As we turn to environmental health and safety, a U.S. District Court judge recently sentenced three Didion Milling officials, including Vice President of Operations Derrick Clark, to prison for their role in a fatal explosion at a mill operated by the company.

On May 31, 2017, a fire at the corn mill in Cambria, Wisconsin, led to a series of combustible dust explosions in the facility, killing five workers and seriously injuring others.

Judge James D. Peterson for the Western District of Wisconsin sentenced Clark to two years in prison, a year of supervised release and a $5,000 fine. Clark was convicted for conspiring to falsify documents and certifications relating to dust-cleaning practices in the mill.

Also sentenced, were former environmental manager Joseph Winch who received two years in prison, two years of supervised release and a $10,000 fine for conspiring to falsify Didion’s environmental compliance certifications.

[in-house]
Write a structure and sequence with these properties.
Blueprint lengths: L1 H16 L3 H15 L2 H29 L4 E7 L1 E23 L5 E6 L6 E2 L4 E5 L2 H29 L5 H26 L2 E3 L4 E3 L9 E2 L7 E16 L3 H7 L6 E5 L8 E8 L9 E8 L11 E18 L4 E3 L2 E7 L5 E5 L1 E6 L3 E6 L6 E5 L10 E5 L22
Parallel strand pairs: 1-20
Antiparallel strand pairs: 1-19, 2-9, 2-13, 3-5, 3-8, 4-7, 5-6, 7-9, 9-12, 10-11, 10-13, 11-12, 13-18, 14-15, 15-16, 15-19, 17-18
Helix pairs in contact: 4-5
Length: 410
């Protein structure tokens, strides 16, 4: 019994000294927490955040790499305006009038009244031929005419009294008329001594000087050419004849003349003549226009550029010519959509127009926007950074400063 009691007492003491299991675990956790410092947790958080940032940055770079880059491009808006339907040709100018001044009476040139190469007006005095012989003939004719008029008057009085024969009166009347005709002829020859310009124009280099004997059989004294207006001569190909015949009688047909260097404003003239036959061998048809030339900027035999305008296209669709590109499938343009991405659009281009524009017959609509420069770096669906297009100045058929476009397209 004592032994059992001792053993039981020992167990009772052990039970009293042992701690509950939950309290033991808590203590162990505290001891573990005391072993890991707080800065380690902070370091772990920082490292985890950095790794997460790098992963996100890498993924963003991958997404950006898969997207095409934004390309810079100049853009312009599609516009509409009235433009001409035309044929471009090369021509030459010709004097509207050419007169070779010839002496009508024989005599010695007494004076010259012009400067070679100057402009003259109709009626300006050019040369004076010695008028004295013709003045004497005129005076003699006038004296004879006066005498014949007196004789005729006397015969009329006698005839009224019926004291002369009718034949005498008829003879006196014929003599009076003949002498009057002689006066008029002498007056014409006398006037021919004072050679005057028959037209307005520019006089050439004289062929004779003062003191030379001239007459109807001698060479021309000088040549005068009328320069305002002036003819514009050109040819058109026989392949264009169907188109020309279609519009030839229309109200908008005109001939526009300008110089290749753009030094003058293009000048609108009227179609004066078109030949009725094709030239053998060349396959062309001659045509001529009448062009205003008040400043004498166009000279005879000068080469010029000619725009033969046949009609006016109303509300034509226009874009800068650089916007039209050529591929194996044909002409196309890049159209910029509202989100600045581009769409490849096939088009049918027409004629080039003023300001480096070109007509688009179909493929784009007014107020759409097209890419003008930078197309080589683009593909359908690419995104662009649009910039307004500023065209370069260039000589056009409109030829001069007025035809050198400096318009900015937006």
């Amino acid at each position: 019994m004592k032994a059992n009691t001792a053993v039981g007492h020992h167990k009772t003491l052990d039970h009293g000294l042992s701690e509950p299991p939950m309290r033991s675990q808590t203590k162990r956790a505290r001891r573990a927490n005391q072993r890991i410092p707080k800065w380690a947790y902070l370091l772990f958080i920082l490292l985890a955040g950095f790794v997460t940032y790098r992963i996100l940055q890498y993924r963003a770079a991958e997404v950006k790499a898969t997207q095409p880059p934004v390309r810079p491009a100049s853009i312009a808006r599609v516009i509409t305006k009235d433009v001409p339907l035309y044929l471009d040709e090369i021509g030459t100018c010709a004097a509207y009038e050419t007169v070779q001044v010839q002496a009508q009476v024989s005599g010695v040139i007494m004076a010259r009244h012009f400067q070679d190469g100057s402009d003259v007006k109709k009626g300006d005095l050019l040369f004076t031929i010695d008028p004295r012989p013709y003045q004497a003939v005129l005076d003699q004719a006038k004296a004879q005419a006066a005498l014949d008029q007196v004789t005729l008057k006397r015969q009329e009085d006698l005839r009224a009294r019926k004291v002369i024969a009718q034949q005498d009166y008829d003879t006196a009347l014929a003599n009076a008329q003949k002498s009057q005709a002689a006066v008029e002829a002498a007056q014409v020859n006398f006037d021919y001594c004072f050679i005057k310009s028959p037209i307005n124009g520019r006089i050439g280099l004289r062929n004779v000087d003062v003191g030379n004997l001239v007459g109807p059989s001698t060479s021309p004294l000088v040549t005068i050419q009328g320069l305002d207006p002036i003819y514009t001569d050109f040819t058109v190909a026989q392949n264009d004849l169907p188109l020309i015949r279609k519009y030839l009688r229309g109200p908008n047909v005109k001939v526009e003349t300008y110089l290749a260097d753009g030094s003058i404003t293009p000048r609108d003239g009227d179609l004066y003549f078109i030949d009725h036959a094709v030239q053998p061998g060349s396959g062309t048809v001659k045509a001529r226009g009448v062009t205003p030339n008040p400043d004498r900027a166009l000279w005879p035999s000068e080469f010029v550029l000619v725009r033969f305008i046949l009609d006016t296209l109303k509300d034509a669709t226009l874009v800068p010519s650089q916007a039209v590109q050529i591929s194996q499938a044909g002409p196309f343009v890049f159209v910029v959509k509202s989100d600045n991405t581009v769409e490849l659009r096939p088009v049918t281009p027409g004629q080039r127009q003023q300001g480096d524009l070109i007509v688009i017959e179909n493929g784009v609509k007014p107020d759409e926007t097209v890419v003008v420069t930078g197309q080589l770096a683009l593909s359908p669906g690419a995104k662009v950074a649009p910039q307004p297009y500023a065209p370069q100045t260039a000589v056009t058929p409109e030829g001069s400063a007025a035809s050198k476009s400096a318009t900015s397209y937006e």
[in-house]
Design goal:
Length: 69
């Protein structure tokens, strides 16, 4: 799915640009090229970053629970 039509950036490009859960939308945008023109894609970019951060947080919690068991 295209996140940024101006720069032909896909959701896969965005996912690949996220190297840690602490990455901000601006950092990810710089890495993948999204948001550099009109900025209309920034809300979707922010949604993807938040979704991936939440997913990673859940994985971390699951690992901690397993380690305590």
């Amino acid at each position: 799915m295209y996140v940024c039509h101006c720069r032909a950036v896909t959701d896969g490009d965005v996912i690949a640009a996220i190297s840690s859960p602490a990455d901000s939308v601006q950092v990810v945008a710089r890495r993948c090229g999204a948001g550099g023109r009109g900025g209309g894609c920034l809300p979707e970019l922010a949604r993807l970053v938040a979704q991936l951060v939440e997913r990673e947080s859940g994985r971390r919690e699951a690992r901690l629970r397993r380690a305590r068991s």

And former food safety Superintendent Shawn Mesner who also received a two-year sentence and a year of supervised release for conspiring to commit fraud and to falsify Didion’s sanitation log.

Judge Peterson also sentenced three former Didion shift superintendents – Anthony Hess, Joel Niemeyer and Michael Bright – who were convicted of crimes relating to falsification of Didion’s sanitation log. 

Study: Harmful Chemicals in Plastics Drive U.S. Healthcare Costs Beyond $250 Billion in 2018(Publication Date: Jan. 16, 2024)

More studies on the harmful effects of plastic waste continue to catch the attention of environmentalists and industry groups. Plastics containing harmful chemicals, including bisphenols and per- and polyfluoroalkyl substances, or (PFAS), resulted in approximately $250 billion in increased health care costs for the U.S. in 2018. This was according to a study released last month by the National Institute of Health and the environmental nonprofit Passport Foundation. 

The costs are equivalent to 1.22% of the gross domestic product in the U.S., the study’s authors note. 

The study, published Jan. 11 in the Journal of the Endocrine Society, shows that endocrine-disrupting chemicals, (EDCs), in plastics are linked to cancer, diabetes, and various endocrine diseases. The chemicals can leach and contaminate humans and the environment, according to the report.